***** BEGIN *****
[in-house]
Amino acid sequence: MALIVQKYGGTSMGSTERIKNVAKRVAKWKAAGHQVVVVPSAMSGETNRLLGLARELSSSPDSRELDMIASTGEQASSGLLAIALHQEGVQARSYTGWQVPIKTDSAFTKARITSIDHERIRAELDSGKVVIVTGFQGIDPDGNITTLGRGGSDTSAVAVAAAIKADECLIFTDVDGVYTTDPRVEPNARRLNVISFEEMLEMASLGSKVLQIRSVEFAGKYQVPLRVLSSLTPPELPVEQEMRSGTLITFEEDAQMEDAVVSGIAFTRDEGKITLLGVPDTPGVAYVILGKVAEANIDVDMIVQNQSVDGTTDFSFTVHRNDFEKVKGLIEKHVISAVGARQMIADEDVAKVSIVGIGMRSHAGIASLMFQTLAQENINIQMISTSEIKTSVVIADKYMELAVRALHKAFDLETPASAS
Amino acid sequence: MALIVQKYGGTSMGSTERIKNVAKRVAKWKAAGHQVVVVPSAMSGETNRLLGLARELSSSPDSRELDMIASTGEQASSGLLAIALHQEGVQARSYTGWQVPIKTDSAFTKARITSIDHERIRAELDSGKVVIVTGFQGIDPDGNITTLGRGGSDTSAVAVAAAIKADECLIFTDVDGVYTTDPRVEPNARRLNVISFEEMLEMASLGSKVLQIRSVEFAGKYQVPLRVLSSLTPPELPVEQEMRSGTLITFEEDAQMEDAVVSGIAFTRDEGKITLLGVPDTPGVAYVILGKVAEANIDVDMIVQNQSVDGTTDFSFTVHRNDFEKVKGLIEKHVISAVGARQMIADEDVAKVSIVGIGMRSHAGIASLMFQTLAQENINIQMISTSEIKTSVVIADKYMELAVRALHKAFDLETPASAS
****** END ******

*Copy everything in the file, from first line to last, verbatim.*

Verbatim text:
[in-house]
Amino acid sequence: MALIVQKYGGTSMGSTERIKNVAKRVAKWKAAGHQVVVVPSAMSGETNRLLGLARELSSSPDSRELDMIASTGEQASSGLLAIALHQEGVQARSYTGWQVPIKTDSAFTKARITSIDHERIRAELDSGKVVIVTGFQGIDPDGNITTLGRGGSDTSAVAVAAAIKADECLIFTDVDGVYTTDPRVEPNARRLNVISFEEMLEMASLGSKVLQIRSVEFAGKYQVPLRVLSSLTPPELPVEQEMRSGTLITFEEDAQMEDAVVSGIAFTRDEGKITLLGVPDTPGVAYVILGKVAEANIDVDMIVQNQSVDGTTDFSFTVHRNDFEKVKGLIEKHVISAVGARQMIADEDVAKVSIVGIGMRSHAGIASLMFQTLAQENINIQMISTSEIKTSVVIADKYMELAVRALHKAFDLETPASAS
Amino acid sequence: MALIVQKYGGTSMGSTERIKNVAKRVAKWKAAGHQVVVVPSAMSGETNRLLGLARELSSSPDSRELDMIASTGEQASSGLLAIALHQEGVQARSYTGWQVPIKTDSAFTKARITSIDHERIRAELDSGKVVIVTGFQGIDPDGNITTLGRGGSDTSAVAVAAAIKADECLIFTDVDGVYTTDPRVEPNARRLNVISFEEMLEMASLGSKVLQIRSVEFAGKYQVPLRVLSSLTPPELPVEQEMRSGTLITFEEDAQMEDAVVSGIAFTRDEGKITLLGVPDTPGVAYVILGKVAEANIDVDMIVQNQSVDGTTDFSFTVHRNDFEKVKGLIEKHVISAVGARQMIADEDVAKVSIVGIGMRSHAGIASLMFQTLAQENINIQMISTSEIKTSVVIADKYMELAVRALHKAFDLETPASAS